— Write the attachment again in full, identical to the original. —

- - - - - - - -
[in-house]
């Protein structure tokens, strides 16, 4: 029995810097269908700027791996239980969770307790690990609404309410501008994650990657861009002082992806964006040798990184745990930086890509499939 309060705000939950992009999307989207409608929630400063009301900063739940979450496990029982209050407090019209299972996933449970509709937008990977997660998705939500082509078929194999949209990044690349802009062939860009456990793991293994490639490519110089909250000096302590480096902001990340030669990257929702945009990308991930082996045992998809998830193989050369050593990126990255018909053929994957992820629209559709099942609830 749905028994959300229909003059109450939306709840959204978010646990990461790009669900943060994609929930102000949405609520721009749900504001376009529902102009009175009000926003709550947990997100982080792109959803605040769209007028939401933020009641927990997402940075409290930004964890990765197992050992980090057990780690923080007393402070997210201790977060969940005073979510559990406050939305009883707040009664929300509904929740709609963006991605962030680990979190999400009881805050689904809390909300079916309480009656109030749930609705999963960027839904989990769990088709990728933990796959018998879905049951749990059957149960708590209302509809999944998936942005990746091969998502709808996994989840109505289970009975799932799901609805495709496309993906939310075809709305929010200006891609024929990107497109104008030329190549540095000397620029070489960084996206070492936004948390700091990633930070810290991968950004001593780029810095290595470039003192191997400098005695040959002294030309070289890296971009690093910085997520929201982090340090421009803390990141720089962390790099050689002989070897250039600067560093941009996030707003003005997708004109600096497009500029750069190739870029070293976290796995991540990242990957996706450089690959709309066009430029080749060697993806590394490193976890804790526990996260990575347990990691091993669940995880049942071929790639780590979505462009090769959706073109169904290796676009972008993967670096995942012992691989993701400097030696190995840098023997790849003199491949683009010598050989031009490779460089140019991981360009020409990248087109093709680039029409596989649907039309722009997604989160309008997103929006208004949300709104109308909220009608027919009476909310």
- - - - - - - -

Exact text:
[in-house]
């Protein structure tokens, strides 16, 4: 029995810097269908700027791996239980969770307790690990609404309410501008994650990657861009002082992806964006040798990184745990930086890509499939 309060705000939950992009999307989207409608929630400063009301900063739940979450496990029982209050407090019209299972996933449970509709937008990977997660998705939500082509078929194999949209990044690349802009062939860009456990793991293994490639490519110089909250000096302590480096902001990340030669990257929702945009990308991930082996045992998809998830193989050369050593990126990255018909053929994957992820629209559709099942609830 749905028994959300229909003059109450939306709840959204978010646990990461790009669900943060994609929930102000949405609520721009749900504001376009529902102009009175009000926003709550947990997100982080792109959803605040769209007028939401933020009641927990997402940075409290930004964890990765197992050992980090057990780690923080007393402070997210201790977060969940005073979510559990406050939305009883707040009664929300509904929740709609963006991605962030680990979190999400009881805050689904809390909300079916309480009656109030749930609705999963960027839904989990769990088709990728933990796959018998879905049951749990059957149960708590209302509809999944998936942005990746091969998502709808996994989840109505289970009975799932799901609805495709496309993906939310075809709305929010200006891609024929990107497109104008030329190549540095000397620029070489960084996206070492936004948390700091990633930070810290991968950004001593780029810095290595470039003192191997400098005695040959002294030309070289890296971009690093910085997520929201982090340090421009803390990141720089962390790099050689002989070897250039600067560093941009996030707003003005997708004109600096497009500029750069190739870029070293976290796995991540990242990957996706450089690959709309066009430029080749060697993806590394490193976890804790526990996260990575347990990691091993669940995880049942071929790639780590979505462009090769959706073109169904290796676009972008993967670096995942012992691989993701400097030696190995840098023997790849003199491949683009010598050989031009490779460089140019991981360009020409990248087109093709680039029409596989649907039309722009997604989160309008997103929006208004949300709104109308909220009608027919009476909310």